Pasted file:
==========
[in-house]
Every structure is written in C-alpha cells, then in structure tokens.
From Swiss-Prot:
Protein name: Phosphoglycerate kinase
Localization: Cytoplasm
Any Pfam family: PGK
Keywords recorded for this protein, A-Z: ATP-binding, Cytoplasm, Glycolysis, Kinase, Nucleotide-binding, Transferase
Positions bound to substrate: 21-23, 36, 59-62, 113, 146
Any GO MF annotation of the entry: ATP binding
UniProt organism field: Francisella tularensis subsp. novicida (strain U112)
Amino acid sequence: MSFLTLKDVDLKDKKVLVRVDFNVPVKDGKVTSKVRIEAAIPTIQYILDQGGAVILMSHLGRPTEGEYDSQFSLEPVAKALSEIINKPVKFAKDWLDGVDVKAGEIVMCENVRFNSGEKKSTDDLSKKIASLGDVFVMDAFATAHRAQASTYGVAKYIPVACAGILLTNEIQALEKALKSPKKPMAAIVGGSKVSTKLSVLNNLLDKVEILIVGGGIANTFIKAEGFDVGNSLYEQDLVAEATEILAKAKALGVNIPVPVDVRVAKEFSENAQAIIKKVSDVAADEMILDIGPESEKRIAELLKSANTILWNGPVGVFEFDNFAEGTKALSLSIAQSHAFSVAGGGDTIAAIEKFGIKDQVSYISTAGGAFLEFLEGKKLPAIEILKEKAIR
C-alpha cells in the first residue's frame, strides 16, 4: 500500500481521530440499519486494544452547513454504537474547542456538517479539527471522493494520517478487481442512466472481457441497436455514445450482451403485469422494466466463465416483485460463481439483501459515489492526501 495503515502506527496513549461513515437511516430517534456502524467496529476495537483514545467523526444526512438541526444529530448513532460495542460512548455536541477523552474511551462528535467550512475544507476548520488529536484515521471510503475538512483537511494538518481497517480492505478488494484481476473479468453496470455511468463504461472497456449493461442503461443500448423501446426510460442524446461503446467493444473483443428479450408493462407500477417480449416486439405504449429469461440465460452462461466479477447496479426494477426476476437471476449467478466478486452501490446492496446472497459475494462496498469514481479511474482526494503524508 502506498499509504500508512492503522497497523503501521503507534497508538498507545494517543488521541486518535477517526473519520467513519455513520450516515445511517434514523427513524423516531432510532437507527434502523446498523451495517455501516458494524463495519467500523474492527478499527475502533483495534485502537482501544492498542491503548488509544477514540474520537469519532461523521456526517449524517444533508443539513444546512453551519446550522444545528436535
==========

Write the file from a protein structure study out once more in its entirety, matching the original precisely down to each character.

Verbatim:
[in-house]
Every structure is written in C-alpha cells, then in structure tokens.
From Swiss-Prot:
Protein name: Phosphoglycerate kinase
Localization: Cytoplasm
Any Pfam family: PGK
Keywords recorded for this protein, A-Z: ATP-binding, Cytoplasm, Glycolysis, Kinase, Nucleotide-binding, Transferase
Positions bound to substrate: 21-23, 36, 59-62, 113, 146
Any GO MF annotation of the entry: ATP binding
UniProt organism field: Francisella tularensis subsp. novicida (strain U112)
Amino acid sequence: MSFLTLKDVDLKDKKVLVRVDFNVPVKDGKVTSKVRIEAAIPTIQYILDQGGAVILMSHLGRPTEGEYDSQFSLEPVAKALSEIINKPVKFAKDWLDGVDVKAGEIVMCENVRFNSGEKKSTDDLSKKIASLGDVFVMDAFATAHRAQASTYGVAKYIPVACAGILLTNEIQALEKALKSPKKPMAAIVGGSKVSTKLSVLNNLLDKVEILIVGGGIANTFIKAEGFDVGNSLYEQDLVAEATEILAKAKALGVNIPVPVDVRVAKEFSENAQAIIKKVSDVAADEMILDIGPESEKRIAELLKSANTILWNGPVGVFEFDNFAEGTKALSLSIAQSHAFSVAGGGDTIAAIEKFGIKDQVSYISTAGGAFLEFLEGKKLPAIEILKEKAIR
C-alpha cells in the first residue's frame, strides 16, 4: 500500500481521530440499519486494544452547513454504537474547542456538517479539527471522493494520517478487481442512466472481457441497436455514445450482451403485469422494466466463465416483485460463481439483501459515489492526501 495503515502506527496513549461513515437511516430517534456502524467496529476495537483514545467523526444526512438541526444529530448513532460495542460512548455536541477523552474511551462528535467550512475544507476548520488529536484515521471510503475538512483537511494538518481497517480492505478488494484481476473479468453496470455511468463504461472497456449493461442503461443500448423501446426510460442524446461503446467493444473483443428479450408493462407500477417480449416486439405504449429469461440465460452462461466479477447496479426494477426476476437471476449467478466478486452501490446492496446472497459475494462496498469514481479511474482526494503524508 502506498499509504500508512492503522497497523503501521503507534497508538498507545494517543488521541486518535477517526473519520467513519455513520450516515445511517434514523427513524423516531432510532437507527434502523446498523451495517455501516458494524463495519467500523474492527478499527475502533483495534485502537482501544492498542491503548488509544477514540474520537469519532461523521456526517449524517444533508443539513444546512453551519446550522444545528436535